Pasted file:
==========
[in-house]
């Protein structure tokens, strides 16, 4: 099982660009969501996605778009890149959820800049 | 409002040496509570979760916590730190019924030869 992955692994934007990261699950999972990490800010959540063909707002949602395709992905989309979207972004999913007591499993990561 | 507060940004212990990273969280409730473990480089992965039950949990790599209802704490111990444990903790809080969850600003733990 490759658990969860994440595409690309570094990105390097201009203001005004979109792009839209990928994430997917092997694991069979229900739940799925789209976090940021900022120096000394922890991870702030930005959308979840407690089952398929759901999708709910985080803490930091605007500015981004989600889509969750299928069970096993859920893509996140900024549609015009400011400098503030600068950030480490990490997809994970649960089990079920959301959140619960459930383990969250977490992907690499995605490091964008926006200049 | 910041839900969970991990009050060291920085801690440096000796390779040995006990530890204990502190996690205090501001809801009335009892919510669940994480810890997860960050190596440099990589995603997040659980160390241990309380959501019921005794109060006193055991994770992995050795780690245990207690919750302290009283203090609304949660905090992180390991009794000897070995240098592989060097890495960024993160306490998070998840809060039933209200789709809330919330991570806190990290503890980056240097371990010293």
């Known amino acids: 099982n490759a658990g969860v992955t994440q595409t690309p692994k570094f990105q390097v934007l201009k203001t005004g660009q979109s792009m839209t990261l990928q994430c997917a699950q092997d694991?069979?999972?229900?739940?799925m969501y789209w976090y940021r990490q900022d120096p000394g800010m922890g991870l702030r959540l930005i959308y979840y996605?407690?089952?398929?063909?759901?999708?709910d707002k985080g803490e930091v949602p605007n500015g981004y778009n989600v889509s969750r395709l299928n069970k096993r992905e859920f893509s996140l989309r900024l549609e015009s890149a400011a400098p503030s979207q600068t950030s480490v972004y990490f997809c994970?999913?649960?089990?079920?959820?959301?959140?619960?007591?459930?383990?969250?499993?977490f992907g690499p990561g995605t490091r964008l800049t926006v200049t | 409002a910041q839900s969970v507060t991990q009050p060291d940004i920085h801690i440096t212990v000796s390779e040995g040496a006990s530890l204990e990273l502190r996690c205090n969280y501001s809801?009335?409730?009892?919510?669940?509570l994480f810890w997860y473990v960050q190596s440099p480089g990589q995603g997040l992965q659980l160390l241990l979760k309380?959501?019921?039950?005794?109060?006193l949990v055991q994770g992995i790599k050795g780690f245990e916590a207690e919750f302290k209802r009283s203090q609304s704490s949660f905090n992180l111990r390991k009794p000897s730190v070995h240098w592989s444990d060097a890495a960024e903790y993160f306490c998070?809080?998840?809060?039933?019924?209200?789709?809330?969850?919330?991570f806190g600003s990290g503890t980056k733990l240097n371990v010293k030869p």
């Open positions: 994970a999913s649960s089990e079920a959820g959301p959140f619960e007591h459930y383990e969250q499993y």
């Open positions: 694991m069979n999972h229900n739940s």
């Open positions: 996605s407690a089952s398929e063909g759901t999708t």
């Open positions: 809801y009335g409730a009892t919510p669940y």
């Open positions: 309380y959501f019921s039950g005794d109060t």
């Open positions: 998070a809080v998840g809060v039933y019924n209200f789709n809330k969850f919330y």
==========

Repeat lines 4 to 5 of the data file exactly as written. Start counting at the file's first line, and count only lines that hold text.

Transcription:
């Open positions: 994970a999913s649960s089990e079920a959820g959301p959140f619960e007591h459930y383990e969250q499993y």
């Open positions: 694991m069979n999972h229900n739940s």